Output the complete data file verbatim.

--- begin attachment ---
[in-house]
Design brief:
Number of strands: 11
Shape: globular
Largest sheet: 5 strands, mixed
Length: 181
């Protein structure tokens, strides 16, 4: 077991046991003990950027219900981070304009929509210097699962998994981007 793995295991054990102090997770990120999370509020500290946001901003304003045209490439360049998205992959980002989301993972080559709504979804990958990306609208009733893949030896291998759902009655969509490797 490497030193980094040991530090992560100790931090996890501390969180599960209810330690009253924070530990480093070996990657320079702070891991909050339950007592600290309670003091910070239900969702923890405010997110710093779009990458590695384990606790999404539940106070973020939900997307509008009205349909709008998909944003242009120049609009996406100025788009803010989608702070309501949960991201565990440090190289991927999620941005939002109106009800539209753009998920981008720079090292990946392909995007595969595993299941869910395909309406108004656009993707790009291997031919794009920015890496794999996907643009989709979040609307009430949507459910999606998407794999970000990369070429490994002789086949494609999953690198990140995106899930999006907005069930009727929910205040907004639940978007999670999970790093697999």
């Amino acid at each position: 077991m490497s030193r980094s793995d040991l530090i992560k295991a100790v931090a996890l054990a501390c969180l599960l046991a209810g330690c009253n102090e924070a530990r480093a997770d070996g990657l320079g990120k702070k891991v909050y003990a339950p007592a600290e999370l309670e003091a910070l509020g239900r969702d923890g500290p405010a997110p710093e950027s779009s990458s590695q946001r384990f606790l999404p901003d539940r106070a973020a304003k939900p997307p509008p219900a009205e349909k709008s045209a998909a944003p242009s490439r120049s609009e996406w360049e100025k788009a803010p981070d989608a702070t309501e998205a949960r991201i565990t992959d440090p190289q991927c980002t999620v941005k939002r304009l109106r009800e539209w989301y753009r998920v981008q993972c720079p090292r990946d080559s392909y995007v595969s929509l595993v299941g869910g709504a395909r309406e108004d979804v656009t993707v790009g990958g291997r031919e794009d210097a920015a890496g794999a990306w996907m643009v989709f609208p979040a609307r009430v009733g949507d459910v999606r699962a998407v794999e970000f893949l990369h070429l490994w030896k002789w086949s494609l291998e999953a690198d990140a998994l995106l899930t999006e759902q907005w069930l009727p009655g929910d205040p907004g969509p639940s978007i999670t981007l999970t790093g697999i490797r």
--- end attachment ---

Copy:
[in-house]
Design brief:
Number of strands: 11
Shape: globular
Largest sheet: 5 strands, mixed
Length: 181
């Protein structure tokens, strides 16, 4: 077991046991003990950027219900981070304009929509210097699962998994981007 793995295991054990102090997770990120999370509020500290946001901003304003045209490439360049998205992959980002989301993972080559709504979804990958990306609208009733893949030896291998759902009655969509490797 490497030193980094040991530090992560100790931090996890501390969180599960209810330690009253924070530990480093070996990657320079702070891991909050339950007592600290309670003091910070239900969702923890405010997110710093779009990458590695384990606790999404539940106070973020939900997307509008009205349909709008998909944003242009120049609009996406100025788009803010989608702070309501949960991201565990440090190289991927999620941005939002109106009800539209753009998920981008720079090292990946392909995007595969595993299941869910395909309406108004656009993707790009291997031919794009920015890496794999996907643009989709979040609307009430949507459910999606998407794999970000990369070429490994002789086949494609999953690198990140995106899930999006907005069930009727929910205040907004639940978007999670999970790093697999």
């Amino acid at each position: 077991m490497s030193r980094s793995d040991l530090i992560k295991a100790v931090a996890l054990a501390c969180l599960l046991a209810g330690c009253n102090e924070a530990r480093a997770d070996g990657l320079g990120k702070k891991v909050y003990a339950p007592a600290e999370l309670e003091a910070l509020g239900r969702d923890g500290p405010a997110p710093e950027s779009s990458s590695q946001r384990f606790l999404p901003d539940r106070a973020a304003k939900p997307p509008p219900a009205e349909k709008s045209a998909a944003p242009s490439r120049s609009e996406w360049e100025k788009a803010p981070d989608a702070t309501e998205a949960r991201i565990t992959d440090p190289q991927c980002t999620v941005k939002r304009l109106r009800e539209w989301y753009r998920v981008q993972c720079p090292r990946d080559s392909y995007v595969s929509l595993v299941g869910g709504a395909r309406e108004d979804v656009t993707v790009g990958g291997r031919e794009d210097a920015a890496g794999a990306w996907m643009v989709f609208p979040a609307r009430v009733g949507d459910v999606r699962a998407v794999e970000f893949l990369h070429l490994w030896k002789w086949s494609l291998e999953a690198d990140a998994l995106l899930t999006e759902q907005w069930l009727p009655g929910d205040p907004g969509p639940s978007i999670t981007l999970t790093g697999i490797r």